1
$\begingroup$

Suppose we're given an associative operation $\star : X \times X \rightarrow X$. Then for each $n \in \mathbb{N}_{>0}$, there's a function $f_n : X^n \rightarrow X$ given as follows:

$$f_n(x_0,\ldots,x_{n-1}) = x_0 \star \cdots \star x_{n-1}$$

Taken as a whole, the family $f_*$ has:

  • the left extension property:

$$f_a(\tilde{x}) = f_b(\tilde{y}) \rightarrow f_{a+1}(z,\tilde{x}) = f_{b+1}(z,\tilde{y})$$

  • and the right extension property

$$f_a(\tilde{x}) = f_b(\tilde{y}) \rightarrow f_{a+1}(\tilde{x},z) = f_{b+1}(\tilde{y},z)$$

which hold for all $a,b \in \mathbb{N}_{>0}$ and all $\tilde{x} \in X^a$ and $\tilde{y} \in Y^b$.

If we weaken these conditions so that they're only required to hold when $a=b$, then its easy to find examples of families $f_*$ that aren't induced by an associative operation. For example, the "averaging" family $$f_n(x_0,\ldots,x_{n-1}) = \frac{x_0+\cdots+x_{n-1}}{n}$$ satisfies the "weak" version of each extension property.

Question. Is every family $f_*$ satisfying both left and right extension properties induced by an associative operation?

$\endgroup$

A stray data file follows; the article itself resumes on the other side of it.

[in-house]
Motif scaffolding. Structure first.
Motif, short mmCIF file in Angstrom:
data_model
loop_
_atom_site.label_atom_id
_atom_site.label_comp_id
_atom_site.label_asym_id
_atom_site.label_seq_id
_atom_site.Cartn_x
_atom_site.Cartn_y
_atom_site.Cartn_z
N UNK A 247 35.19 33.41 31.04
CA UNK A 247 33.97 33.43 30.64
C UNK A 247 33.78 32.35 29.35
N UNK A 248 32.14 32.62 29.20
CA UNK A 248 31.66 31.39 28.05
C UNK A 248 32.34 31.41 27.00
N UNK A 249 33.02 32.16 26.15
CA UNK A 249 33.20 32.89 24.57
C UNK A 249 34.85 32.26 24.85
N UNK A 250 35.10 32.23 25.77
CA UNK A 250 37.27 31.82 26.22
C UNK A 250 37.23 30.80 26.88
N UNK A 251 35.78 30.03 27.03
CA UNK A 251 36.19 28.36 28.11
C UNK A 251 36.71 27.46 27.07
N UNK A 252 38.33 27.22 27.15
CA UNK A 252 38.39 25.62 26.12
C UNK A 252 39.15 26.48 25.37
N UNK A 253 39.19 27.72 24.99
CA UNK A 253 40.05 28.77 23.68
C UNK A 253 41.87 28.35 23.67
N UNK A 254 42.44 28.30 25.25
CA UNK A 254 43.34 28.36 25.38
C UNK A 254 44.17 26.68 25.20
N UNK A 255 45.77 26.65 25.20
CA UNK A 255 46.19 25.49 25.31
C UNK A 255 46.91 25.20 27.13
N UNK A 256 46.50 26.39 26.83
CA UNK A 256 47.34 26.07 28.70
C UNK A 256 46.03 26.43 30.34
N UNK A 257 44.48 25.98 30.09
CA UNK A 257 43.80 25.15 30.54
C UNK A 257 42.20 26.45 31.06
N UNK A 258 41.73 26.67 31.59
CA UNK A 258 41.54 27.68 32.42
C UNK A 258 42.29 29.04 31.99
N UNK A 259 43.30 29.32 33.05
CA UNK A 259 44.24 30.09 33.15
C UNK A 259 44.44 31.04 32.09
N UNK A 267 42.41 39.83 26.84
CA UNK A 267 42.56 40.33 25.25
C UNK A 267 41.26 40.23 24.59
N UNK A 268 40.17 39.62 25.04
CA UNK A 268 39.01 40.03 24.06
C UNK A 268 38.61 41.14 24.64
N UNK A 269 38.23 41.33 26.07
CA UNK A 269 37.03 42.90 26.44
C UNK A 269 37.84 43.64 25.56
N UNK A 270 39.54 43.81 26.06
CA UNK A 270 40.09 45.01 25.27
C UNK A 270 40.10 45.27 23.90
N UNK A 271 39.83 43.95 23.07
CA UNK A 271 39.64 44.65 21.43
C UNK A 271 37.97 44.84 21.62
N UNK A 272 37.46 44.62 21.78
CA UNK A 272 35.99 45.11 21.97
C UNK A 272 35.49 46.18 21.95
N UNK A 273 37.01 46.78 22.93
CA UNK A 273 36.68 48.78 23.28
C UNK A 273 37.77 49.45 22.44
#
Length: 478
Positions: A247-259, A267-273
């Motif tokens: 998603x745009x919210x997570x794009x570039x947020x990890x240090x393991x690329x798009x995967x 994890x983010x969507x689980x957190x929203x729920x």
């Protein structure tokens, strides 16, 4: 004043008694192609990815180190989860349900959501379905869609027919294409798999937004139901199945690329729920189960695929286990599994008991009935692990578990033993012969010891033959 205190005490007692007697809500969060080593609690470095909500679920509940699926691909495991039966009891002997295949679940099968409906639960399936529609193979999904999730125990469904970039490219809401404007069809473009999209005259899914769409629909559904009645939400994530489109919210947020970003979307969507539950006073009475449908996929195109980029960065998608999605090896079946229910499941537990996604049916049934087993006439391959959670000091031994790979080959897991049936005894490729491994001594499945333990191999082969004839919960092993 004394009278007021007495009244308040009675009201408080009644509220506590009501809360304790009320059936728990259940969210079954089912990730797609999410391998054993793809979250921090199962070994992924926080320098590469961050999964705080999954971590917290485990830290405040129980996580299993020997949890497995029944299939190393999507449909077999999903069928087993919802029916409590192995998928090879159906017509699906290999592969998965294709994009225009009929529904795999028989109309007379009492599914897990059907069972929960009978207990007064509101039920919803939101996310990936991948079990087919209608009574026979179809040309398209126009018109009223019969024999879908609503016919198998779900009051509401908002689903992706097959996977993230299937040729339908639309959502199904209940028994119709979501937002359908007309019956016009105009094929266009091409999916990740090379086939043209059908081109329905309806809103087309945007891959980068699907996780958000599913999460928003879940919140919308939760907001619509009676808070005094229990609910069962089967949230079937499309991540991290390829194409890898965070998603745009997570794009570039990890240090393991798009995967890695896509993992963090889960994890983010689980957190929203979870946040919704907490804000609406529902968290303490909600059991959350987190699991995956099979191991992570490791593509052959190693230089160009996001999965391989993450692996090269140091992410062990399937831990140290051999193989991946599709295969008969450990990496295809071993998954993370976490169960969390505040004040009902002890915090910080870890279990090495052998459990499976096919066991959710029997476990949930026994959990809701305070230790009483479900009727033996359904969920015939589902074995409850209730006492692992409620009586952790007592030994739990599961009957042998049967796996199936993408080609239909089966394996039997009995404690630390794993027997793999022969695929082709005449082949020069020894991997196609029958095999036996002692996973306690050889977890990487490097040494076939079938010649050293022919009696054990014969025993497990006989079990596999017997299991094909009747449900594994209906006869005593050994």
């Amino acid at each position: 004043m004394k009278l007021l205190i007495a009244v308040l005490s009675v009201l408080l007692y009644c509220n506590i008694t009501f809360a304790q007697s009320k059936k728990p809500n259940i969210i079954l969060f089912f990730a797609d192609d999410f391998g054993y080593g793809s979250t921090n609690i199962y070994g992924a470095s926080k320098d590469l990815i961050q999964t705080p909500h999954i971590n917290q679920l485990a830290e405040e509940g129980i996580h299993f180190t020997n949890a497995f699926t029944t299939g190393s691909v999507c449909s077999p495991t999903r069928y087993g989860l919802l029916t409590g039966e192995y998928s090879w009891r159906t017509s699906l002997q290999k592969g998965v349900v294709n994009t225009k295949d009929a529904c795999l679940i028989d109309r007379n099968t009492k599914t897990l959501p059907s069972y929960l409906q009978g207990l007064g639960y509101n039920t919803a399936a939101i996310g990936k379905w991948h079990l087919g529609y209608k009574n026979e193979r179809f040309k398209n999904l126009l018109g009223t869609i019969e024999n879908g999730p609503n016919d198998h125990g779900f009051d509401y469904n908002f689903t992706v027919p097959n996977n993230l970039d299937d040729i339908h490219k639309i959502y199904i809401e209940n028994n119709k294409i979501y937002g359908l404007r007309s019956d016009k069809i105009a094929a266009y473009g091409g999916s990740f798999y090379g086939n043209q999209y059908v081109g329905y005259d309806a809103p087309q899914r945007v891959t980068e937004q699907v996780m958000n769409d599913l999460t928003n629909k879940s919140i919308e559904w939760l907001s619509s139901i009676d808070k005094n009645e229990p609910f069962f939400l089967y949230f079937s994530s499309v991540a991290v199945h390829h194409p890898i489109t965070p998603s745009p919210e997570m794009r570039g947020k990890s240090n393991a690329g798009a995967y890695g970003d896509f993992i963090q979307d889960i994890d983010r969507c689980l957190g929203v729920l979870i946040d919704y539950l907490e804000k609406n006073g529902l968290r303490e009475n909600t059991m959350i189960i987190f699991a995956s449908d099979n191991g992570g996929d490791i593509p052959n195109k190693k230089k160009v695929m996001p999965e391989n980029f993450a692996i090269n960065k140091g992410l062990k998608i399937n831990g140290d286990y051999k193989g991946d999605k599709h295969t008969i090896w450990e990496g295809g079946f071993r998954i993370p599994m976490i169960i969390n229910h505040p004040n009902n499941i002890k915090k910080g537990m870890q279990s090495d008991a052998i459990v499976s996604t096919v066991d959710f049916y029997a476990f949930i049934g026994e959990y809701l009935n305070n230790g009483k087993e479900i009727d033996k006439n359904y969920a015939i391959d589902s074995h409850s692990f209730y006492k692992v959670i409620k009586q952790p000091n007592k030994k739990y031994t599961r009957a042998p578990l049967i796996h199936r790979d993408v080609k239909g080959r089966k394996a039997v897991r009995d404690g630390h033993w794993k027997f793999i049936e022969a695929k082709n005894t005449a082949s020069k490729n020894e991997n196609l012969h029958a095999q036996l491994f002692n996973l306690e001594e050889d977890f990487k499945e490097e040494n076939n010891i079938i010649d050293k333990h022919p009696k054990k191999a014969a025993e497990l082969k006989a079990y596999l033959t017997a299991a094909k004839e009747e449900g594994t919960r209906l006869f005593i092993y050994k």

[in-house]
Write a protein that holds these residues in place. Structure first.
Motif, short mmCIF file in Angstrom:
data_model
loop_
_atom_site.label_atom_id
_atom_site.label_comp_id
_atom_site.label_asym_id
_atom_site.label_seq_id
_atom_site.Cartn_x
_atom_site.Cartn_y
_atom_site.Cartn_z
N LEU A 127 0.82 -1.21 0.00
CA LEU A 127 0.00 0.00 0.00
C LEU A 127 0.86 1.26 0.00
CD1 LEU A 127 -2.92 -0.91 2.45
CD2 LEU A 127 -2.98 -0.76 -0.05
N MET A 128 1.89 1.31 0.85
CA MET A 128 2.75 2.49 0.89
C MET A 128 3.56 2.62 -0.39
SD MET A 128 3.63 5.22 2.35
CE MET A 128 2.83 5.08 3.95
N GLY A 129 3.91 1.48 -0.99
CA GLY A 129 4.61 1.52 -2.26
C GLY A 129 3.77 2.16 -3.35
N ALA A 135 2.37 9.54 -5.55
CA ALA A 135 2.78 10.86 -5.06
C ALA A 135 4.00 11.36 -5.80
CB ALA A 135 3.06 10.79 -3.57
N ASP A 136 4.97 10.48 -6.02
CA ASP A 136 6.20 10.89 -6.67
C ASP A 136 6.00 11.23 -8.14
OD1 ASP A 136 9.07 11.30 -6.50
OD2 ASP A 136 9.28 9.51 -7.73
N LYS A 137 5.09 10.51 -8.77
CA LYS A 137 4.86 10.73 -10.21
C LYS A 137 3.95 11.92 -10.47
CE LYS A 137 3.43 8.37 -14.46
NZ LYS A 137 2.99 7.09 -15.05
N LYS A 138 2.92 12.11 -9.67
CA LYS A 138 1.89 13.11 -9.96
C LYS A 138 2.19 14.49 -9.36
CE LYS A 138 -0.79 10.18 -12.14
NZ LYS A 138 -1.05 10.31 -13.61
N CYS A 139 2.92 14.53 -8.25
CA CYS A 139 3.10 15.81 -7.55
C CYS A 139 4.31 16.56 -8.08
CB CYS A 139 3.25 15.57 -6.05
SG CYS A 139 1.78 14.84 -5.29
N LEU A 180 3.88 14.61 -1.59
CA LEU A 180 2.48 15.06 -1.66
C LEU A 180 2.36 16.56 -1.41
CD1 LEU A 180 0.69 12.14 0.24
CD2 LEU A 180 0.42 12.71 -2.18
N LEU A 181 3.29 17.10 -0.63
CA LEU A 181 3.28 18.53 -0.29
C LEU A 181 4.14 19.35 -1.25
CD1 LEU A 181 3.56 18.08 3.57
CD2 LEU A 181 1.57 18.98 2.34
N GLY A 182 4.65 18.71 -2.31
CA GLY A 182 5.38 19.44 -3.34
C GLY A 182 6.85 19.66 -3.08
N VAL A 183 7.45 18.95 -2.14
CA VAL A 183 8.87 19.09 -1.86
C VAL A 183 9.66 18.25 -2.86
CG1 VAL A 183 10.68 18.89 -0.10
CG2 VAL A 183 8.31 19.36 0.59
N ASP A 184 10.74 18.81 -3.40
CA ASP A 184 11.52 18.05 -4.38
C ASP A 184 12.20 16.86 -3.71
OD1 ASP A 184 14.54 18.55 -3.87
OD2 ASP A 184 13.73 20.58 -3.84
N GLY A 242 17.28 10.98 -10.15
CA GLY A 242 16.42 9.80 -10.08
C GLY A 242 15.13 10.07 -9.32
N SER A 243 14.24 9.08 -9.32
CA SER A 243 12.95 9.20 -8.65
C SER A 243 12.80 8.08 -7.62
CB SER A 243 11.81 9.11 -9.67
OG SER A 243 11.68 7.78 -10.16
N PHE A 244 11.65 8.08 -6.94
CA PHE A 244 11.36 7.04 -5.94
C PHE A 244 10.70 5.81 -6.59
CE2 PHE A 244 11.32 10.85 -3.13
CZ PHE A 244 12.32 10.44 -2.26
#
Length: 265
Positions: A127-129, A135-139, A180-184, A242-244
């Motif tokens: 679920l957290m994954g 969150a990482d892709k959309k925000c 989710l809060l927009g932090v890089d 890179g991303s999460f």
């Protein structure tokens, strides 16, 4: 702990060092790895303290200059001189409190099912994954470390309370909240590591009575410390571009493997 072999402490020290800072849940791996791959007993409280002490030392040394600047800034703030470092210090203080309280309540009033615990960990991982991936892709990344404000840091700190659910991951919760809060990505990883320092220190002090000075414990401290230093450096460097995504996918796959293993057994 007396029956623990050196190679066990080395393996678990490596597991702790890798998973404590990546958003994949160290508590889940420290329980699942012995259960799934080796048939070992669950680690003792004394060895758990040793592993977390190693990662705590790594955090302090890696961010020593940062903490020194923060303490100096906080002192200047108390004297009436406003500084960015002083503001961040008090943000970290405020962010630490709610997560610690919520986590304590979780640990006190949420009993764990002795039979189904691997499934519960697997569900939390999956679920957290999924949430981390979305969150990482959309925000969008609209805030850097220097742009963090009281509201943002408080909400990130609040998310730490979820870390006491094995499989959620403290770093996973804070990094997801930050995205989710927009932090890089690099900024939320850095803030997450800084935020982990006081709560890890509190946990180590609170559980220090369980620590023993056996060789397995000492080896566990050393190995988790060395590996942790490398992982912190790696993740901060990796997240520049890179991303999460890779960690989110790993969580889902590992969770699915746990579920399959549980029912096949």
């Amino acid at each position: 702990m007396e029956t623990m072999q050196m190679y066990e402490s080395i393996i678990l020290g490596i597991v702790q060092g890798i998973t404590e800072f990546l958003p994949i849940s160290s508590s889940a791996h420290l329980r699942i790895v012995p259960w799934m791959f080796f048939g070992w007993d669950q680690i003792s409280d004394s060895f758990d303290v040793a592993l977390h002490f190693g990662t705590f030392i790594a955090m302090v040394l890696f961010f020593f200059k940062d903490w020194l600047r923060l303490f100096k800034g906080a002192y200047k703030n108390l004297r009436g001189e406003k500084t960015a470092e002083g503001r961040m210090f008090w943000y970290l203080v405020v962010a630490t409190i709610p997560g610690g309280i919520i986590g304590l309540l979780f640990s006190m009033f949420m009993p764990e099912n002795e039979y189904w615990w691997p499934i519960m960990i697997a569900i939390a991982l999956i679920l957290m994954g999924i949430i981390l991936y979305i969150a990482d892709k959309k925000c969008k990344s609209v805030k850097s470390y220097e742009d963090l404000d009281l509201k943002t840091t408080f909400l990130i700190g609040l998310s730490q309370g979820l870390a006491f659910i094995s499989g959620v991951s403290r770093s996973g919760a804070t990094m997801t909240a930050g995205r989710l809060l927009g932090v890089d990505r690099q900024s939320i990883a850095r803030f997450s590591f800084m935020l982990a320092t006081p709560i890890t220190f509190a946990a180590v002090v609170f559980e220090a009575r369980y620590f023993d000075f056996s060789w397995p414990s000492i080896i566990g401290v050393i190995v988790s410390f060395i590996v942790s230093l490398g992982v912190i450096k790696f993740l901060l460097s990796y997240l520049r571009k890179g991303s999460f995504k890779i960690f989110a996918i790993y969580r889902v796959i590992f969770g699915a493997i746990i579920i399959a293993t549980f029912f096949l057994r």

1
$\begingroup$

Let $X=\mathbb{N}$ and define $f_n:X^n\to X$ by $f_n(\tilde{x})=n$ for all $\tilde{x}$. Then this trivially satisfies your extension properties, but cannot come from an associative operation.

On the other hand, if you require $f_1$ to be the identity map, then every such family does come from an associative operation. Indeed, for any $x,y,z\in X$, we have $f_2(x,y)=f_1(f_2(x,y))$ and so by right extension $f_3(x,y,z)=f_2(f_2(x,y),z)$. Similarly, $f_3(x,y,z)=f_2(x,f_2(y,z))$. This says $f_2$ is associative and $f_3$ is the induced ternary operation, and similar arguments show $f_n$ is the induced $n$-ary operation for each $n$.

$\endgroup$

Your Answer

By clicking “Post Your Answer”, you agree to our terms of service, privacy policy and cookie policy

Not the answer you're looking for? Browse other questions tagged or ask your own question.